The original Goodison Road Stand was designed by Archibald Leach and built in 1909. It was, of course, a typical Leach design, a lower tier of terracing with an upper tier of seats and that distinctive gable sitting in the centre of its roof, a design detail that is now forever and indelibly linked with football in England during the first half of the twentieth century. By the end of the 1960s, however, time was taking its toll on the old stand. The cramped nature of the ground meant that a complete rebuild if Goodison Park was to retain its position as one of the senior football grounds in England. In addition to this, the club had a greater ability to expand this side of the ground after having purchased houses on Goodison Road, demolishing them as part of development required for the hosting matches at the 1966 World Cup finals.
Work began on the new stand in 1969, and the project was an immense one. It would stand at twice the height of its precessor, so tall that the floodlight pylons had to be taken down with the new lights – as at Highbury, and unusually for the time – being built into the underside of its roof. The cost of the stand was an astronomical £1m (by way of comparison, the British record transfer fee at the time of the beginning of the stand’s construction was the £165,000 that Leeds United paid Leicester City for Allan Clarke in June 1969), and it also became the tallest stand at any English football ground, although this particular record lasted for just four years before Chelsea’s new East Stand snatched this particular record.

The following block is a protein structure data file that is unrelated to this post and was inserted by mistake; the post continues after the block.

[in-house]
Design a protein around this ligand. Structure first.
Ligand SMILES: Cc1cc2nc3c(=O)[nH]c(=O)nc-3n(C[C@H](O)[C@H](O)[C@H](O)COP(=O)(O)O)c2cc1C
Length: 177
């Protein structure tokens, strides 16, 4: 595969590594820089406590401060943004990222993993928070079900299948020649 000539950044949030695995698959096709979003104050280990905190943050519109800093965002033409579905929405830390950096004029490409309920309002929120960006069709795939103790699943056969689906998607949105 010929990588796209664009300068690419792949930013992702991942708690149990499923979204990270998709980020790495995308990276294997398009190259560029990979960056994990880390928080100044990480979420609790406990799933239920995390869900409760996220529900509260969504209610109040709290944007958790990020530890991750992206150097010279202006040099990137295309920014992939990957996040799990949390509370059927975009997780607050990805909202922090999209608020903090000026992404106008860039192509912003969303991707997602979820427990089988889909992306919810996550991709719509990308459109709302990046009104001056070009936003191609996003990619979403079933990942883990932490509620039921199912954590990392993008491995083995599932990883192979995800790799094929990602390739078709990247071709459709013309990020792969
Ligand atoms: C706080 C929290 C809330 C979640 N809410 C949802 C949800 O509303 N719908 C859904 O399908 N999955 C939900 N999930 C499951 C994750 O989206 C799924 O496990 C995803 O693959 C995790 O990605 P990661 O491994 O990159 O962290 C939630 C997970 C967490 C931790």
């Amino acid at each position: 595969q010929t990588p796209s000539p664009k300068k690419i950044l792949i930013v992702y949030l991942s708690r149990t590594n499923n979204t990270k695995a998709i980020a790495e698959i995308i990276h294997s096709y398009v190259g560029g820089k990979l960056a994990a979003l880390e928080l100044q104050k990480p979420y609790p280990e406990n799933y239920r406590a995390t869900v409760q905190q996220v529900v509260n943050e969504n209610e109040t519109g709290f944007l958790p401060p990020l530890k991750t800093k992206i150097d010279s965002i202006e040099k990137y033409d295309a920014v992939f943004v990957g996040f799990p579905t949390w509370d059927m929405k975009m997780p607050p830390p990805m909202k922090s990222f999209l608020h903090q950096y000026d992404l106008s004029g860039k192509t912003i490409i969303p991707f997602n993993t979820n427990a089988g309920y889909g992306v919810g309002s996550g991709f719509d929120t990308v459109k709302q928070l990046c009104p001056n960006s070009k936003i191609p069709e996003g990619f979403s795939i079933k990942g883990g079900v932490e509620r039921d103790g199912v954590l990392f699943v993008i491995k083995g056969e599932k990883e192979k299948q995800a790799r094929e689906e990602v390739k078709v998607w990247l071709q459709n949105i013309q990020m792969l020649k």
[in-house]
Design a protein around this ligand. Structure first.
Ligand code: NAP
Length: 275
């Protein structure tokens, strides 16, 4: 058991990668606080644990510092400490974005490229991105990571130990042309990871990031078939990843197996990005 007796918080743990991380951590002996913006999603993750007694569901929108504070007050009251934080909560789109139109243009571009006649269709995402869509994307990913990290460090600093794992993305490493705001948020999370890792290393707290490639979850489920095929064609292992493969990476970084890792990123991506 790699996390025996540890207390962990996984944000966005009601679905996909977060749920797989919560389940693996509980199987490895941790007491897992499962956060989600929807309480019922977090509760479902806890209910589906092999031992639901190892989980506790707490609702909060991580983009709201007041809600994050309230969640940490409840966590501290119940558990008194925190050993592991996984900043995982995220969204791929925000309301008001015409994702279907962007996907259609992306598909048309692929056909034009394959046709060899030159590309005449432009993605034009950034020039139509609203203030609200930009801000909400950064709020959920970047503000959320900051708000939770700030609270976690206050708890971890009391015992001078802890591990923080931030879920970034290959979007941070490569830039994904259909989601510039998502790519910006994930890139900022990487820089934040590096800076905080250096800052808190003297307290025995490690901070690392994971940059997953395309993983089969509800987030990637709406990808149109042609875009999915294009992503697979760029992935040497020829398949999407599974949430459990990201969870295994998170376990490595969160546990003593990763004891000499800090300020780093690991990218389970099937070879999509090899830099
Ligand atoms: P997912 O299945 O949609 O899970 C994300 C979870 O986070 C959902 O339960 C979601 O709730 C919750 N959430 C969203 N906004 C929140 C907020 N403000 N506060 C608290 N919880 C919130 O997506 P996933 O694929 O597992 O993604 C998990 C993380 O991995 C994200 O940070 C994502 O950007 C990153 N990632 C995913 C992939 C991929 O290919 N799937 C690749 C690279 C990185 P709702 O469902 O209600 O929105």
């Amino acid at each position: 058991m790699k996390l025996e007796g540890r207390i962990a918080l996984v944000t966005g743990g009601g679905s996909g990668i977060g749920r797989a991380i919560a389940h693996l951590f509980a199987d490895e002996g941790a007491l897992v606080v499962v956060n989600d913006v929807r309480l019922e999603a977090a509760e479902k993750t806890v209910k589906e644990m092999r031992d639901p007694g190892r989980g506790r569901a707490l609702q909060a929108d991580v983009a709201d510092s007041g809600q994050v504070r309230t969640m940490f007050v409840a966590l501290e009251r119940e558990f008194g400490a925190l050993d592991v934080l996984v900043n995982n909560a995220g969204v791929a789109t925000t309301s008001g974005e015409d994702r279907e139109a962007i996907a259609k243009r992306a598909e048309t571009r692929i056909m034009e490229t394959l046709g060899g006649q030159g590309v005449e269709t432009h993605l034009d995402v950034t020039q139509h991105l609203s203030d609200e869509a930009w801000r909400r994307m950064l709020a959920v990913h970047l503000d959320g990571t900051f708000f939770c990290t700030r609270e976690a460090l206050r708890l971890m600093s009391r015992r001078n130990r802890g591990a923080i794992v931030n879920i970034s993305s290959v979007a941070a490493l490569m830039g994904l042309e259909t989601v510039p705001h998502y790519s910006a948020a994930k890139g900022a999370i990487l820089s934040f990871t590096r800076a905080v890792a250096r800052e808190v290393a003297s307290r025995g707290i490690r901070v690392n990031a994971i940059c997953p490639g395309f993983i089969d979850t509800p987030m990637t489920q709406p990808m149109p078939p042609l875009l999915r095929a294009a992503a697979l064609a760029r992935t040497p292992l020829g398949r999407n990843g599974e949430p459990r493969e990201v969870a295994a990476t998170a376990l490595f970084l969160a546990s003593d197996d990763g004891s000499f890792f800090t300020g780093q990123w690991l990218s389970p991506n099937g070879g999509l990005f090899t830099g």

Not everybody was completely enthused by it all, but contempary reviews were generally positive. Writing for The Times in December 1970, the legendary Times football journalist Geoffrey Green remarked that, “Goodison Park has always been a handsome fashionable stage for football, a living thing full of atmospherics-like a theatre. And now it has stepped into the demanding seventies with a facelift it scarcely seemed to need compared with some I know. New giant stands in place of the old; the latest in dazzling floodlight systems that cast not a shadow. A cathedral of a place indeed, fit for the gods of the game.”
The scale of it means that the Goodison Road Stand retains its capacity to impress to this day. Unusually – particularly for the time when it was built – it has three tiers, the bottom of which was terraced until 1987. Its synonymity with Everton feels only further exacerbated by the appearance of St Luke’s Church in the corner of the ground, although this has been mostly obscured for television viewers since the introduction of Jumbotron screens in 2000. Somewhat unusually, the Goodison Road Stand has three tiers, the bottom of which was terraced until 1977. The top row of the top tier of the stand is recommended for those who appreciate a good view as much as they appreciate a football match, offering, as it does, a spectacular skyline view which takes into account nearby Stanley Park and,in the distance, Anfield.